Like every other aspect of a relationship, this is an area that requires some attention and initiative. Just as you can end up in a rut in your day to day lives, you can end up in one sexually. If sex is nothing more than “head to the bedroom, a little foreplay, oral for him, oral for her, 15-20 minutes of missionary aaaaaaand scene!”, it can – as hard as it can be to believe – get pretty boring. Shaking it up a little – moving it out of your bedroom, exploring fantasies the two of you have, even if it’s just talking about them… can re-ignite the flame.
And don’t think that the sexual attraction is gone forever. It ebbs and flows in any long-term relationship. There will be long dry-spells where the two of you may well be platonic roommates. Then, just as suddenly, you will find yourselves getting as hot and heavy as you were in the beginning, screwing like you’re a couple of teenagers in the throws of their first relationship again.
Sometimes you just need to ride it out.
Being Correct Doesn’t Mean That You Are Right
You’re going to fight. There’s no getting around this. This is to be expected.
It may be a full-on knock-down, drag-out, screaming at each other at the top of your lungs brawl. It may involve one of you talking angrily while the other sits in sullen silence. It may be a serious discussion about issues that doesn’t get over the volume of a normal conversation… but the tone of your voices could turn water to ice at 50 paces. It may even be as subtle as one of you passively aggressively agreeing to whatever the other says, knowing that you won’t do it, but being willing to say anything to get them to just shut up already.
Fighting – or the lack of it – isn’t a barometer to how healthy a relationship is.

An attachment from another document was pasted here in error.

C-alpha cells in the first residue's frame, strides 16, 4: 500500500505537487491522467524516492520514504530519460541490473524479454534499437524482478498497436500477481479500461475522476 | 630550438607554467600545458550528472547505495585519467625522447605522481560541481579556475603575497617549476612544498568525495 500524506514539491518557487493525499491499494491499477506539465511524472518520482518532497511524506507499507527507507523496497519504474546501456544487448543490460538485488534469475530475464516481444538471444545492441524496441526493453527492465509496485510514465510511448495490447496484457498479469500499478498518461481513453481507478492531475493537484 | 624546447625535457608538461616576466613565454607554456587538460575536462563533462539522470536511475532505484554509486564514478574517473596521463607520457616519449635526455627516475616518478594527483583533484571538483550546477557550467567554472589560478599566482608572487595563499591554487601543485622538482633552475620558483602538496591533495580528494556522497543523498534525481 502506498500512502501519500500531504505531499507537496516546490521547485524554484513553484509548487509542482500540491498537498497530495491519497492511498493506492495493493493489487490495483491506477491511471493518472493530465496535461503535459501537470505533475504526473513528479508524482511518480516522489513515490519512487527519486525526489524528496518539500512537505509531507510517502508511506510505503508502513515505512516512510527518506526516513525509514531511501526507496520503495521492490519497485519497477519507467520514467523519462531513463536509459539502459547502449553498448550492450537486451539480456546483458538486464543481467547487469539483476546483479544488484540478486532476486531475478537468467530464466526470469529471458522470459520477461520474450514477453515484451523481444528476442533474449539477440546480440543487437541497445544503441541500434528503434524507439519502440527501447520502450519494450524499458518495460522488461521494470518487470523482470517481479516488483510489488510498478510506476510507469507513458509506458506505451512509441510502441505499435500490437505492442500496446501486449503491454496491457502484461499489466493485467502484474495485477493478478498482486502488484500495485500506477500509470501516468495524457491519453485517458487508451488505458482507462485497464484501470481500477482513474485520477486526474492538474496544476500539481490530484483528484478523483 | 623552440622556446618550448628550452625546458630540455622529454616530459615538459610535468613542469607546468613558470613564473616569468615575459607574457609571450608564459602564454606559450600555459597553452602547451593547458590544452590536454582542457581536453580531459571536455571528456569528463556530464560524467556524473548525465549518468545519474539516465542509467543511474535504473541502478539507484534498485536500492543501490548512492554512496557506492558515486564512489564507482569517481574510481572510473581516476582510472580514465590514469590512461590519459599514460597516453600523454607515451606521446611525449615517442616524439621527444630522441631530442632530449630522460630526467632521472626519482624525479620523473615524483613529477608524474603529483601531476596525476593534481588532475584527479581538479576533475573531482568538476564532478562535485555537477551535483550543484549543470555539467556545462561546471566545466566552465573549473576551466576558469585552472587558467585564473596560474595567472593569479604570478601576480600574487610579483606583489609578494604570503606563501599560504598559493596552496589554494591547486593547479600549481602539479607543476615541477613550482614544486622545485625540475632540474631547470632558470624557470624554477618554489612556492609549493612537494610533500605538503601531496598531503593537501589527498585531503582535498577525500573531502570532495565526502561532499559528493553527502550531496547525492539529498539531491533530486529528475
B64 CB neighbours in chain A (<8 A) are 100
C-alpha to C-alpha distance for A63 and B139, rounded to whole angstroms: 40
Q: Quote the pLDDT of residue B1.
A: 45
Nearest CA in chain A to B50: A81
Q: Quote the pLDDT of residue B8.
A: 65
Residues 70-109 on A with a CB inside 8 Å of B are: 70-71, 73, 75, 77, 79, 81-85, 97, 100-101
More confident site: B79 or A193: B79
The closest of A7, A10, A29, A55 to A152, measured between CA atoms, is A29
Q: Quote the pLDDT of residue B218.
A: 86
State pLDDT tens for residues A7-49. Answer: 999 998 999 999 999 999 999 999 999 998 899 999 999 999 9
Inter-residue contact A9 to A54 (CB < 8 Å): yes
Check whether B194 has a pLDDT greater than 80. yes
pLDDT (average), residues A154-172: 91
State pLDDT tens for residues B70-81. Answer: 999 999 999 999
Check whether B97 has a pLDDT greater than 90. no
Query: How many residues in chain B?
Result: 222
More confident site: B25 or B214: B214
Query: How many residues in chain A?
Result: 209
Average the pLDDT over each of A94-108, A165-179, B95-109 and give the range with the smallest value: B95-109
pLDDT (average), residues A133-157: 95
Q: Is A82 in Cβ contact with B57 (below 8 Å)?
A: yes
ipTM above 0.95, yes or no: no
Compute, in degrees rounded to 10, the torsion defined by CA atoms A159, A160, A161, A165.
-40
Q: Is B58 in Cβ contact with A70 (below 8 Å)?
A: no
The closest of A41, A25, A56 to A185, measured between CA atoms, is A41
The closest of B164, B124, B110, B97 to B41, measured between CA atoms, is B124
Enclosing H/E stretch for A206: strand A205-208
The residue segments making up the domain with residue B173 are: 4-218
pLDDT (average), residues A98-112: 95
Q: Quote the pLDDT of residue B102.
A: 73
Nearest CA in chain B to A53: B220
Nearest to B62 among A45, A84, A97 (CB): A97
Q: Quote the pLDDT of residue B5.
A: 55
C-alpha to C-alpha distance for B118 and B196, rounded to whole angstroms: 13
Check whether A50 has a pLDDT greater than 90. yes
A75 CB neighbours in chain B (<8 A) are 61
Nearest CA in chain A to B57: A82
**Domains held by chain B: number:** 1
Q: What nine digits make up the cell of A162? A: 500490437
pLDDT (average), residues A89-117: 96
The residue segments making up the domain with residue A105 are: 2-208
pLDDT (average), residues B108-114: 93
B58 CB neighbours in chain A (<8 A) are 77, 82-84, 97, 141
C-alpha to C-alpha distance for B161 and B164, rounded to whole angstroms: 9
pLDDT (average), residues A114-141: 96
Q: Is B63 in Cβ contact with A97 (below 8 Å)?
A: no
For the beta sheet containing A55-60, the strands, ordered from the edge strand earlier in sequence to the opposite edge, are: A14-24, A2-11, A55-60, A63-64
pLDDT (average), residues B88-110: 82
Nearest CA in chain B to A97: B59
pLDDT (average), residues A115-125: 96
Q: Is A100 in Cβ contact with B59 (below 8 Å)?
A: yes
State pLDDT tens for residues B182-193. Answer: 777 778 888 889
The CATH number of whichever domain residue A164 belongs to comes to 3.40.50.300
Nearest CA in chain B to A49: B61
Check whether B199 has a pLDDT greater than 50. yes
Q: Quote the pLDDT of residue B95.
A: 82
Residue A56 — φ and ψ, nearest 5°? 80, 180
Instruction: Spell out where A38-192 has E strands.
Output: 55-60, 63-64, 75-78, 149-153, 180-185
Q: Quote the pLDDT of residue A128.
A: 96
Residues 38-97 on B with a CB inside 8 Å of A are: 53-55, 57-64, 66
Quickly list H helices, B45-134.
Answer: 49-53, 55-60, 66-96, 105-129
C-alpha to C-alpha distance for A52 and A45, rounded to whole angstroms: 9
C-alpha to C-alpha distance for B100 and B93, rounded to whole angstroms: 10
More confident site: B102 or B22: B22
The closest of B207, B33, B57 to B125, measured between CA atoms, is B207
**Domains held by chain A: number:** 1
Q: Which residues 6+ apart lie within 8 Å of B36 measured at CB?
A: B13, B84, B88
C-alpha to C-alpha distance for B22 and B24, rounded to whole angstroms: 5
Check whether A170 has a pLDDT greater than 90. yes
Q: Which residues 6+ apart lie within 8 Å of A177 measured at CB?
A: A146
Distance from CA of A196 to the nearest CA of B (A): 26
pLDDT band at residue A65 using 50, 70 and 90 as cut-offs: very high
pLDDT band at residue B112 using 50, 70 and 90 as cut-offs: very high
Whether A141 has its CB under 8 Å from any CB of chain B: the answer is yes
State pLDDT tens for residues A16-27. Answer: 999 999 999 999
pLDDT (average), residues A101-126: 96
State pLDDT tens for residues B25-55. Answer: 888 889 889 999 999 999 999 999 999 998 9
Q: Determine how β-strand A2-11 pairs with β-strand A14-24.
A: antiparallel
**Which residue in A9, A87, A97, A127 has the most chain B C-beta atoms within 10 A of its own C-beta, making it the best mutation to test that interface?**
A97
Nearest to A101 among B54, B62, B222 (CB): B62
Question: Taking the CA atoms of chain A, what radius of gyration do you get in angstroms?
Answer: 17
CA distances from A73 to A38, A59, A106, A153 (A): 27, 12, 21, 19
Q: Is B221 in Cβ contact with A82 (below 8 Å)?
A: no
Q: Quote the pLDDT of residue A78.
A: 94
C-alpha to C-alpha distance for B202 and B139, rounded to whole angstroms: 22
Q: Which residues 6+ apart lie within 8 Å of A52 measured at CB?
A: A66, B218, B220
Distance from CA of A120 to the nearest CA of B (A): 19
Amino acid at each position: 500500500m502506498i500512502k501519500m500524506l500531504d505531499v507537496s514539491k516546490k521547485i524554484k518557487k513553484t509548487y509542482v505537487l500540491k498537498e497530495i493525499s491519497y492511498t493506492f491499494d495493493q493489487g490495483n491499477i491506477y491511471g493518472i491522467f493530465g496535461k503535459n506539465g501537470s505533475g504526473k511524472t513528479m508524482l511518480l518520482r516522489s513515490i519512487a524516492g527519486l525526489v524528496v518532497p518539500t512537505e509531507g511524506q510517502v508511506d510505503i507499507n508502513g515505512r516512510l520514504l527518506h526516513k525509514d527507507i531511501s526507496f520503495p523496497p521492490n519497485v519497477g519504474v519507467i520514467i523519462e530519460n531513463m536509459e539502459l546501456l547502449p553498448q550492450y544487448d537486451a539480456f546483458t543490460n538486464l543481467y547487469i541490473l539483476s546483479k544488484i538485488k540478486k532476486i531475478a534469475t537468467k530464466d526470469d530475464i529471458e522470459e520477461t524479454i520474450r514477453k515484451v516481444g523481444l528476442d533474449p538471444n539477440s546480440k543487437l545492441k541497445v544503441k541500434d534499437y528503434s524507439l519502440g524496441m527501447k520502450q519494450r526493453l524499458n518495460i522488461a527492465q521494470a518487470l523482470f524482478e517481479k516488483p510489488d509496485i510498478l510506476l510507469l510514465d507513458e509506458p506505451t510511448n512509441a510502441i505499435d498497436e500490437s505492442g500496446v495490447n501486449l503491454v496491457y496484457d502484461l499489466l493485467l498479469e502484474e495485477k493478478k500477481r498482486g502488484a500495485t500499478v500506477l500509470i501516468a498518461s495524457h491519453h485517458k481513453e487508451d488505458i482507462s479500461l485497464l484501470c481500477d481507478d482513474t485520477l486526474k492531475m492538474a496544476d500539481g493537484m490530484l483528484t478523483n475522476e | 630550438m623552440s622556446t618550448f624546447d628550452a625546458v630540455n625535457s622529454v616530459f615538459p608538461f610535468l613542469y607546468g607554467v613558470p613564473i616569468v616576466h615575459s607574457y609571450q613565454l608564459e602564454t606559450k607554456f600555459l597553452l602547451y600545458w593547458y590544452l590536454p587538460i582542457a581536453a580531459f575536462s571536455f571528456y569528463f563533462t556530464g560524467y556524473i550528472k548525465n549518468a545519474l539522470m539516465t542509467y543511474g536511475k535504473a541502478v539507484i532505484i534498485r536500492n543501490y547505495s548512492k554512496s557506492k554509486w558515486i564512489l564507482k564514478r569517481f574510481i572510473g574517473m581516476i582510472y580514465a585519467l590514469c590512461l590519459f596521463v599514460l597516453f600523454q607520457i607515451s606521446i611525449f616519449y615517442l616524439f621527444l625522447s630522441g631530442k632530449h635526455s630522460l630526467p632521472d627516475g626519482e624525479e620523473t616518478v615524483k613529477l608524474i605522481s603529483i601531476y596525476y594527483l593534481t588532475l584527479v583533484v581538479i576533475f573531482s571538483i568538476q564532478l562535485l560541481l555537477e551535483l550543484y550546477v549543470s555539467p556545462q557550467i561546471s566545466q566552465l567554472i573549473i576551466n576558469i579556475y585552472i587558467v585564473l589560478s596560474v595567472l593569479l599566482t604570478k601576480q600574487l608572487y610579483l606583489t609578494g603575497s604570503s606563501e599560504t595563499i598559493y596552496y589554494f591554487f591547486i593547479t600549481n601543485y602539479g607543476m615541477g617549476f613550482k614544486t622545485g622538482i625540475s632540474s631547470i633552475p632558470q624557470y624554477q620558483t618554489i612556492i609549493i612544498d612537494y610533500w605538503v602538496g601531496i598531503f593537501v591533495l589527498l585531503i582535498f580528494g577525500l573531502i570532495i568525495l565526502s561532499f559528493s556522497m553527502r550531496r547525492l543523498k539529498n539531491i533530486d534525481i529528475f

Fighting when you don’t need to, on the other hand, is counter-productive.
One of the more famous sayings about men and women is that men are intellectual while women are emotional. This may not be strictly accurate, but it does illustrate a tendency in guys to believe that being correct means that you are in fact, in the right.
In fact, this is one of the reasons why arguing between couples is so often counter-productive. Guys will frequently argue logic while women are arguing emotion and end up driving each other crazy. While she is arguing about how she feels, say, about your never lifting a hand to do anything around the house, you’re arguing about all the things you do do for the house – paying bills, arranging for all the repairs, keeping everything in working order and that this effectively balances out the scales. And yet, this does nothing to resolve the fight between the two of you.
And therein lies the problem… you may be correct, but that doesn’t mean that you’re actually right.
Y’see, when guys try to logic an argument, they feel that they’re showing that they haven’t done whatever thing it is their girlfriend is accusing them of having done. To women, however, this sounds like “You have no right to feel the way you do and you’re stupid for doing so.” Thus she feels put on the defensive and has to unfairly justify why she feels the way she does, which only makes her angrier, and so the cycle continues.
Same argument, two completely different messages being taken from it. It’s one of those moments where you need to take a step back and ask whether it’s worth “winning” the argument… or whether it’s better to back down in the name of relationship harmony. Yes, you may have a point… taken from a strictly cost-effort-benefit standpoint, you may be entirely correct and your actions completely balance out hers. However, when the cost of being correct is paid in tears, anger, resentment and frustration, it’s better for the relationship as a whole that you back down, get off your ass and help out more around the house.
Part of maintaining a healthy relationship is knowing that sometimes there are some fights that aren’t worth having, even when you know down to the depths of your soul that you’re correct. Being correct may make you feel superior… but you better hope that this makes you feel better when she’s packing her bags and heading out the door.